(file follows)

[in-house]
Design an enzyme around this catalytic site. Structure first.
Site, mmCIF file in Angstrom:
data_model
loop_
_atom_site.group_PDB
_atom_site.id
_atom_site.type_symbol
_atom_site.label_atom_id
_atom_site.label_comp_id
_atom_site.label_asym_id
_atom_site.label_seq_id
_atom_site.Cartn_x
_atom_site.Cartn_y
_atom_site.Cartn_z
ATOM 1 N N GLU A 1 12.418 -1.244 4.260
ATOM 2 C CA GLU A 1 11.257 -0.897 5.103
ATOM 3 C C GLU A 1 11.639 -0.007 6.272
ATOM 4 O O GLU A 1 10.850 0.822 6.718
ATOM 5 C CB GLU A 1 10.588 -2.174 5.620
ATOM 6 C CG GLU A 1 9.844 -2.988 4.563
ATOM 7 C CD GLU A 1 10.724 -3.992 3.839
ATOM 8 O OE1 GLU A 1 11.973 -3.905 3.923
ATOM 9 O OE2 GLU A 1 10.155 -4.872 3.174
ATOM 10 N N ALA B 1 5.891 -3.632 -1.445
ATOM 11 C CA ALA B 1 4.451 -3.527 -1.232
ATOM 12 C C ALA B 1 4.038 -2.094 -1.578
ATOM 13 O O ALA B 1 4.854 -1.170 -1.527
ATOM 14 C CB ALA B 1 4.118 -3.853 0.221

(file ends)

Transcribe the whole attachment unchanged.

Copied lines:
[in-house]
Design an enzyme around this catalytic site. Structure first.
Site, mmCIF file in Angstrom:
data_model
loop_
_atom_site.group_PDB
_atom_site.id
_atom_site.type_symbol
_atom_site.label_atom_id
_atom_site.label_comp_id
_atom_site.label_asym_id
_atom_site.label_seq_id
_atom_site.Cartn_x
_atom_site.Cartn_y
_atom_site.Cartn_z
ATOM 1 N N GLU A 1 12.418 -1.244 4.260
ATOM 2 C CA GLU A 1 11.257 -0.897 5.103
ATOM 3 C C GLU A 1 11.639 -0.007 6.272
ATOM 4 O O GLU A 1 10.850 0.822 6.718
ATOM 5 C CB GLU A 1 10.588 -2.174 5.620
ATOM 6 C CG GLU A 1 9.844 -2.988 4.563
ATOM 7 C CD GLU A 1 10.724 -3.992 3.839
ATOM 8 O OE1 GLU A 1 11.973 -3.905 3.923
ATOM 9 O OE2 GLU A 1 10.155 -4.872 3.174
ATOM 10 N N ALA B 1 5.891 -3.632 -1.445
ATOM 11 C CA ALA B 1 4.451 -3.527 -1.232
ATOM 12 C C ALA B 1 4.038 -2.094 -1.578
ATOM 13 O O ALA B 1 4.854 -1.170 -1.527
ATOM 14 C CB ALA B 1 4.118 -3.853 0.221